You may have heard that Auburn defeated Alabama last weekend in the Iron Bowl, a triumphant victory that resounded across the state and the nation. Such milestones don’t come along all that often for Auburn these days, so the fans celebrated by storming the field at Jordan-Hare Stadium. Nice idea, but it’s going to cost the university a quarter of a million dollars in fines and require some extensive landscaping work.
You can understand fans’ enthusiasm; Auburn hadn’t beaten Alabama since 2013, and the victory may well have denied the Tide a slot in the College Football Playoff. But the fans, showing more passion than athleticism, had a little trouble clearing the hedges that surround the field.
— Jeff Eisenband (@JeffEisenband) November 26, 2017
As a result, both the hedges and the field are pretty chewed up, and Auburn is in the process of assessing the damage to both. A sweep of the hedges has turned up cellphones, sunglasses and other assorted paraphernalia left behind by revelers.
“The extent of the real damage will not be seen until the spring, when the Bermudagrass breaks dormancy,” Eric Kleypas, Auburn’s director of athletic turf and grounds, told the Opelika-Auburn News. “Then, we will know if the field can recover without the need for sod.” Crews will need to fertilize the bushes to help them recover, and may need to aerate the field to help it recover from getting stomped by tens of thousands of joyous Tiger fans.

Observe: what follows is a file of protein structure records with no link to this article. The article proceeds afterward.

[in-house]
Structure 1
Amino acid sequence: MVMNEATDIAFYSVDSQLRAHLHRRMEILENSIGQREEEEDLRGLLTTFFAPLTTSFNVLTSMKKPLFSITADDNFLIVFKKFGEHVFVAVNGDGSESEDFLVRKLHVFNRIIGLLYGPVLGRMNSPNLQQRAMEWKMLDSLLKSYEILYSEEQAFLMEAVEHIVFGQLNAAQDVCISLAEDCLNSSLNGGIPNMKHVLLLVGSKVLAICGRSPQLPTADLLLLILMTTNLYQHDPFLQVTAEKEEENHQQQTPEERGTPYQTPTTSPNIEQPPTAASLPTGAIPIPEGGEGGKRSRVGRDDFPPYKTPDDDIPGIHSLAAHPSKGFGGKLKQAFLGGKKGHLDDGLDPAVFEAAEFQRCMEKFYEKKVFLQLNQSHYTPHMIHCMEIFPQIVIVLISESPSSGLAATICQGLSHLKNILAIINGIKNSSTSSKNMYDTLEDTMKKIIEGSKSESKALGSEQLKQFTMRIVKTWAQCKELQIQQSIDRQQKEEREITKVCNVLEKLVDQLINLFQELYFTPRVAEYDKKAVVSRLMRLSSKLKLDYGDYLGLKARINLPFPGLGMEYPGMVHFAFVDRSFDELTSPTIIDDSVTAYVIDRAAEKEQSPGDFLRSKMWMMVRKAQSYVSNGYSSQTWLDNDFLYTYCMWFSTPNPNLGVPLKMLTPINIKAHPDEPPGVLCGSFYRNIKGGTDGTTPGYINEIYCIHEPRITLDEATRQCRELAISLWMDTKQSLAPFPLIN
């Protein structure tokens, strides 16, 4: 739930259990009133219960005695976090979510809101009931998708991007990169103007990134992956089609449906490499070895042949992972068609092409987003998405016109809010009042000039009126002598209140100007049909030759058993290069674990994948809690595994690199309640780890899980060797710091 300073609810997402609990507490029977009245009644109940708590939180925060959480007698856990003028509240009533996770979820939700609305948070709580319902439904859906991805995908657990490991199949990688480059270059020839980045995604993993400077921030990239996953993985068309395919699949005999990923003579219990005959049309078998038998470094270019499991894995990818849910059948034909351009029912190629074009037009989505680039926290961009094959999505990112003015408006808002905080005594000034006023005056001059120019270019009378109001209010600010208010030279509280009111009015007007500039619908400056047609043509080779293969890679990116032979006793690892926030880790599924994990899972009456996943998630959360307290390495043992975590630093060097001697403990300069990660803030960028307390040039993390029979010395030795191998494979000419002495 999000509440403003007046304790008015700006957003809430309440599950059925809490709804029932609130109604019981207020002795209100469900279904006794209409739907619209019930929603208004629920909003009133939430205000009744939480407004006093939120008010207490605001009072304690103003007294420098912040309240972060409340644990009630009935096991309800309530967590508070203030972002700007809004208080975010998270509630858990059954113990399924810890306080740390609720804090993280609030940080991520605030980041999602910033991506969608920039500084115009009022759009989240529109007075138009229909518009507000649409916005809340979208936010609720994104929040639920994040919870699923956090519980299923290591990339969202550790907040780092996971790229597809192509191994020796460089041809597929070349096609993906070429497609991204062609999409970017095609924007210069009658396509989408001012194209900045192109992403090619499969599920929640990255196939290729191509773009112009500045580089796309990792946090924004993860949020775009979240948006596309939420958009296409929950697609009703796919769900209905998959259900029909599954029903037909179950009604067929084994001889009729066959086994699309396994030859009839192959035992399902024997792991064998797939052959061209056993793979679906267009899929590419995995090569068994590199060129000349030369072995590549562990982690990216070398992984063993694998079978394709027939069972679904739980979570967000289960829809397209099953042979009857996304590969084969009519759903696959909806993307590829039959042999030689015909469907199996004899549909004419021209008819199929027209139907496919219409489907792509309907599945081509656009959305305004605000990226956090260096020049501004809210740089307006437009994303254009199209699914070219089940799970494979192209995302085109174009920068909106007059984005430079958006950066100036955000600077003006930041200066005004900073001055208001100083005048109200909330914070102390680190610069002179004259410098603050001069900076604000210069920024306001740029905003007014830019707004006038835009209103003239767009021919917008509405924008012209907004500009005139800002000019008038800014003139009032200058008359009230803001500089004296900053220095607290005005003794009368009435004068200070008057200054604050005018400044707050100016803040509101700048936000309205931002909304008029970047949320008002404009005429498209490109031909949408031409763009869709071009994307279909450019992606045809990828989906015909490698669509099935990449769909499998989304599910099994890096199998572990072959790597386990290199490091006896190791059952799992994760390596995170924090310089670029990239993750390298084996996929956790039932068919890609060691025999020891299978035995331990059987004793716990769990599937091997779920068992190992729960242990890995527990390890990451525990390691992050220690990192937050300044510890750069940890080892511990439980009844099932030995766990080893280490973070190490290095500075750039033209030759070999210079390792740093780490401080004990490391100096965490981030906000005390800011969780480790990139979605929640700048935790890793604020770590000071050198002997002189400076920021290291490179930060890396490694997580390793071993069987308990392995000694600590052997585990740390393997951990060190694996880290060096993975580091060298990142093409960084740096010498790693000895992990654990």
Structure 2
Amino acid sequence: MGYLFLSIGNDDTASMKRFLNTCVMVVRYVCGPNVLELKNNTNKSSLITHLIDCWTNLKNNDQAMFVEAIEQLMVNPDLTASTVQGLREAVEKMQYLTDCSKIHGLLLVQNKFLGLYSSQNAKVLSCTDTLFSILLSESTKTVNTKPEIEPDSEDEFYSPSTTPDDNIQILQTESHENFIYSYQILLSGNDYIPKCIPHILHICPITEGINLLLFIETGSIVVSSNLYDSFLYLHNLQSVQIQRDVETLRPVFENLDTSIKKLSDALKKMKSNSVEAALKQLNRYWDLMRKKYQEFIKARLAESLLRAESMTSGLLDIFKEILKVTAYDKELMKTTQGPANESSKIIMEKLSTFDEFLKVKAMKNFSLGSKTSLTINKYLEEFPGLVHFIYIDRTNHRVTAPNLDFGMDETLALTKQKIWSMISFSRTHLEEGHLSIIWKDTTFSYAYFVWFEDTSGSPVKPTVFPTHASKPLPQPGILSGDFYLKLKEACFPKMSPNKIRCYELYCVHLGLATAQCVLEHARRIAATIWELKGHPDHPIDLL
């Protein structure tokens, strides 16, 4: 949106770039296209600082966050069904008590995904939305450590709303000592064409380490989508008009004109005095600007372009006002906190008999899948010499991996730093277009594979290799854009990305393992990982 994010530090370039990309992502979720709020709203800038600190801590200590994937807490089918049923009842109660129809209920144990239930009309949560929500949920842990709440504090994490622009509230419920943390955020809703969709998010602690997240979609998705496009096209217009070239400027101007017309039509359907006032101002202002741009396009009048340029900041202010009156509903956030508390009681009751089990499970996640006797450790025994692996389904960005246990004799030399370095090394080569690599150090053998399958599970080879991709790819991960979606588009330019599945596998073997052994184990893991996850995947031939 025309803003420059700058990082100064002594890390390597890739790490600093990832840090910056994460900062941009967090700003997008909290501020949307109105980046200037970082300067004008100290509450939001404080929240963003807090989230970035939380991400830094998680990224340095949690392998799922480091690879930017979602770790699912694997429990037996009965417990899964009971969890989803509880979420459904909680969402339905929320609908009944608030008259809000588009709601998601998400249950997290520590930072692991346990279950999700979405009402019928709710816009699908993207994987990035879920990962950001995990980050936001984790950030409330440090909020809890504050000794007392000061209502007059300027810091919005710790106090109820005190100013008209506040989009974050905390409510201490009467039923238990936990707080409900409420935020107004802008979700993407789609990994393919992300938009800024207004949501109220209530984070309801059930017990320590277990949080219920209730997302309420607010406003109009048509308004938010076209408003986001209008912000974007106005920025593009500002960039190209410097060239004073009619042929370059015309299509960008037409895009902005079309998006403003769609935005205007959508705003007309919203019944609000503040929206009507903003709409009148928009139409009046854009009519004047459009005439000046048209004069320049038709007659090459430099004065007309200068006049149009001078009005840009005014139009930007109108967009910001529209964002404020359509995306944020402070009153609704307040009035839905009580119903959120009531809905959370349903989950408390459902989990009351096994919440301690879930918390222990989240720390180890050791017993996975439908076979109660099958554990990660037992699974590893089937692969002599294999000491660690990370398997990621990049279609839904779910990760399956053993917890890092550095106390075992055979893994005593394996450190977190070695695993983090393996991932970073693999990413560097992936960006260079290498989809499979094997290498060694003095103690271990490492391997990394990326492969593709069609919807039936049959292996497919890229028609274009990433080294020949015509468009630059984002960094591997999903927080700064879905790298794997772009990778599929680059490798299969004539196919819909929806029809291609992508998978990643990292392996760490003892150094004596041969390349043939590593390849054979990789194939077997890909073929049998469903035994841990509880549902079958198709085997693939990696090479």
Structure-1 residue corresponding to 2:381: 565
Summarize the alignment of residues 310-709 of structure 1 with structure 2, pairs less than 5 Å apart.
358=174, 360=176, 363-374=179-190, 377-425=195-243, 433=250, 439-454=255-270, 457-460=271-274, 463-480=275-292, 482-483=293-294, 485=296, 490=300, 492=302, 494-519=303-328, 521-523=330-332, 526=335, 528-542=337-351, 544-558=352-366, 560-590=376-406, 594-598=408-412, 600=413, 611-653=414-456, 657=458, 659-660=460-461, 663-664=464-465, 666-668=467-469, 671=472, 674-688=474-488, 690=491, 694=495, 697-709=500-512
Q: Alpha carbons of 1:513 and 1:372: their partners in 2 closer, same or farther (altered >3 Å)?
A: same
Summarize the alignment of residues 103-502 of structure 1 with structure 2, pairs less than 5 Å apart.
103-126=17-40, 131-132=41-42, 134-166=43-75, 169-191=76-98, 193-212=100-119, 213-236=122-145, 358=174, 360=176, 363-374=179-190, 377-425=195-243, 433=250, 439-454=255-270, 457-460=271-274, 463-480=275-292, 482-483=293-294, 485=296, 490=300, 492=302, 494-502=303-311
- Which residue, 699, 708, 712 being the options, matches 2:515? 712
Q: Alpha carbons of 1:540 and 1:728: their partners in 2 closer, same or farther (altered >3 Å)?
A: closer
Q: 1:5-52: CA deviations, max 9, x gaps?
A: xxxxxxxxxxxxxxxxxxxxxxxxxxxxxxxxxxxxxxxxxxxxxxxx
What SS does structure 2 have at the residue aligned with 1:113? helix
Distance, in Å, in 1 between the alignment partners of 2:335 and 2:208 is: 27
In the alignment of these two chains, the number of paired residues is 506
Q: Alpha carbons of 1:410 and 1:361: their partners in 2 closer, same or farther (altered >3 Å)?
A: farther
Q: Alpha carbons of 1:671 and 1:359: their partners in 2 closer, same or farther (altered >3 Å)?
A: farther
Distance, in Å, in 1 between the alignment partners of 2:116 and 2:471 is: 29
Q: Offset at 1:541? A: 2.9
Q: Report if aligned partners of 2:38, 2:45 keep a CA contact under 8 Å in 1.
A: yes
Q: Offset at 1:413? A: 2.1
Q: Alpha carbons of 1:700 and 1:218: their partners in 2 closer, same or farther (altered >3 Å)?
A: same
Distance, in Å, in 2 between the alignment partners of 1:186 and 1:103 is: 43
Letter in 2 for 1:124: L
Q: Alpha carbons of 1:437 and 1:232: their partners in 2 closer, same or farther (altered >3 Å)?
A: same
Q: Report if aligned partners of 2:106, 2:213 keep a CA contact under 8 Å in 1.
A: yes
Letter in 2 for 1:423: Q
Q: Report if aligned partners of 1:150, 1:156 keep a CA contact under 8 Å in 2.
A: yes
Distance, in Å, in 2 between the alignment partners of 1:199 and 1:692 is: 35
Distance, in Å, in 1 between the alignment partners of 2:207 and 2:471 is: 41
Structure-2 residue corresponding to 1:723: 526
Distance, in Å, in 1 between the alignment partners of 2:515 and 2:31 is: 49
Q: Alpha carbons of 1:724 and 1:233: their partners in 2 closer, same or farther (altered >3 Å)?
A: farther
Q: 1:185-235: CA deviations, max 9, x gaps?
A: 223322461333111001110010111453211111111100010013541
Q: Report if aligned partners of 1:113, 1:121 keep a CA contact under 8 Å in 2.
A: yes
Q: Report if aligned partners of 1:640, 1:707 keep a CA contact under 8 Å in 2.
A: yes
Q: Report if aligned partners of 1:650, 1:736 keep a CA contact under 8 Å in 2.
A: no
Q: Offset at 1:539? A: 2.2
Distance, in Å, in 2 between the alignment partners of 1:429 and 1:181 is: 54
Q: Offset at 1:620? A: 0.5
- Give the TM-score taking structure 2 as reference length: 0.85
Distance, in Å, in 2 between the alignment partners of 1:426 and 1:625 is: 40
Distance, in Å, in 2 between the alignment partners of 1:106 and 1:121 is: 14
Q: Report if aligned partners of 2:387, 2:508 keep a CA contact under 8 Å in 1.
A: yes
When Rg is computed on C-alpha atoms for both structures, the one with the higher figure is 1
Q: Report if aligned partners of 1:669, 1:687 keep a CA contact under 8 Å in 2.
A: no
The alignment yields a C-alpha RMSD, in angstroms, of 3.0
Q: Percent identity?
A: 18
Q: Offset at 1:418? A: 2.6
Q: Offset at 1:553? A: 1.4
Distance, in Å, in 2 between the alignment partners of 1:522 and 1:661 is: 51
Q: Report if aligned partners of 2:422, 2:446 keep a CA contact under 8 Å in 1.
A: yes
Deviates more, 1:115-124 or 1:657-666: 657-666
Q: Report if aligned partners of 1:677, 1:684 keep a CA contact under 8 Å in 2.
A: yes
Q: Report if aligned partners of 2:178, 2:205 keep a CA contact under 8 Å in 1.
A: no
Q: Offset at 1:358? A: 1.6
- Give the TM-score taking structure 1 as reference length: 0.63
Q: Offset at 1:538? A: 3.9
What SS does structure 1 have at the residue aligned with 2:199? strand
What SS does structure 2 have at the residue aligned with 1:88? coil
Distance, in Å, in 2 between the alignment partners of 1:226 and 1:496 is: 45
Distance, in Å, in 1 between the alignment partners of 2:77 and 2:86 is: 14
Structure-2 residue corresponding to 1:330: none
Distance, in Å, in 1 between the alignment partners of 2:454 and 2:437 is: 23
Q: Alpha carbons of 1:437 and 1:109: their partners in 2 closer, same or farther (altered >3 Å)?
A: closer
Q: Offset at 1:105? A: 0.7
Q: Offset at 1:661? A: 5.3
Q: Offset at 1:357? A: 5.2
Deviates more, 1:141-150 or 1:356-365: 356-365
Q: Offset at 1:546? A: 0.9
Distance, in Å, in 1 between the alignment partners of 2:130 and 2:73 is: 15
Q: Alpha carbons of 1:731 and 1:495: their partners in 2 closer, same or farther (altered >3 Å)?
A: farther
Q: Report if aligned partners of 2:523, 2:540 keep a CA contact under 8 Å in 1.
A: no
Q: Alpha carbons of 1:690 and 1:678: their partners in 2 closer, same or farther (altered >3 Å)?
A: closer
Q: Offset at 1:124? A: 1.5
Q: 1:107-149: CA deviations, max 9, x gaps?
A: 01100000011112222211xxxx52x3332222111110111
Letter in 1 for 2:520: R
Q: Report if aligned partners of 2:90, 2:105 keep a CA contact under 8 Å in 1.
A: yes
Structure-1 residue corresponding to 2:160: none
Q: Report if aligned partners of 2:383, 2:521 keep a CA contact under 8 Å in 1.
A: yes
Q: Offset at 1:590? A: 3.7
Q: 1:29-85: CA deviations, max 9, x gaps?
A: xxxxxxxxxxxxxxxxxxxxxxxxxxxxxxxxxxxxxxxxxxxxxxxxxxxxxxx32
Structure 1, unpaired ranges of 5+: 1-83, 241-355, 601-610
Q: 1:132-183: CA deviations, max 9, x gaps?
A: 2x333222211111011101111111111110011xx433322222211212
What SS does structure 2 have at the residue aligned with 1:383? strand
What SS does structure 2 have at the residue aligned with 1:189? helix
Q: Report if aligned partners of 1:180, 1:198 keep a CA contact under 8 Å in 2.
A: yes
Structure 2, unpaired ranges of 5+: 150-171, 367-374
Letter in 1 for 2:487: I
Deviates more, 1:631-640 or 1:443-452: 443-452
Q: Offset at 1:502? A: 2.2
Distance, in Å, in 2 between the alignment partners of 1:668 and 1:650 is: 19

The field-storming not only simulated the force of an earthquake, it triggered a $250,000 fine. The SEC has prohibited field-storming since 2004, and this marked Auburn’s third such violation of the rule. “Fans are expected to remain in the stands and avoid the safety concerns associated with rushing on to the playing field,” SEC commissioner Greg Sankey said in a statement. “We want exciting experiences around SEC games, but also seek to maintain a safe environment for student-athletes, coaches, spectators and officials.”
This, of course, isn’t the first landscaping-related trauma associated with the Iron Bowl; several years ago, a fanatic Alabama fan poisoned Auburn’s famed Toomer Oaks. While the Jordan-Hare damage doesn’t appear as extensive, it has the distinction of being self-inflicted.
Auburn won’t be back in Jordan-Hare until 2018, so there’s plenty of time to get the field in shape. And if the Tigers bring back some new hardware for the trophy case, all will be forgiven.
Jay Busbee is a writer for Yahoo Sports and the author of EARNHARDT NATION, on sale now at Amazon or wherever books are sold. Contact him at firstname.lastname@example.org or find him on Twitter or on Facebook.
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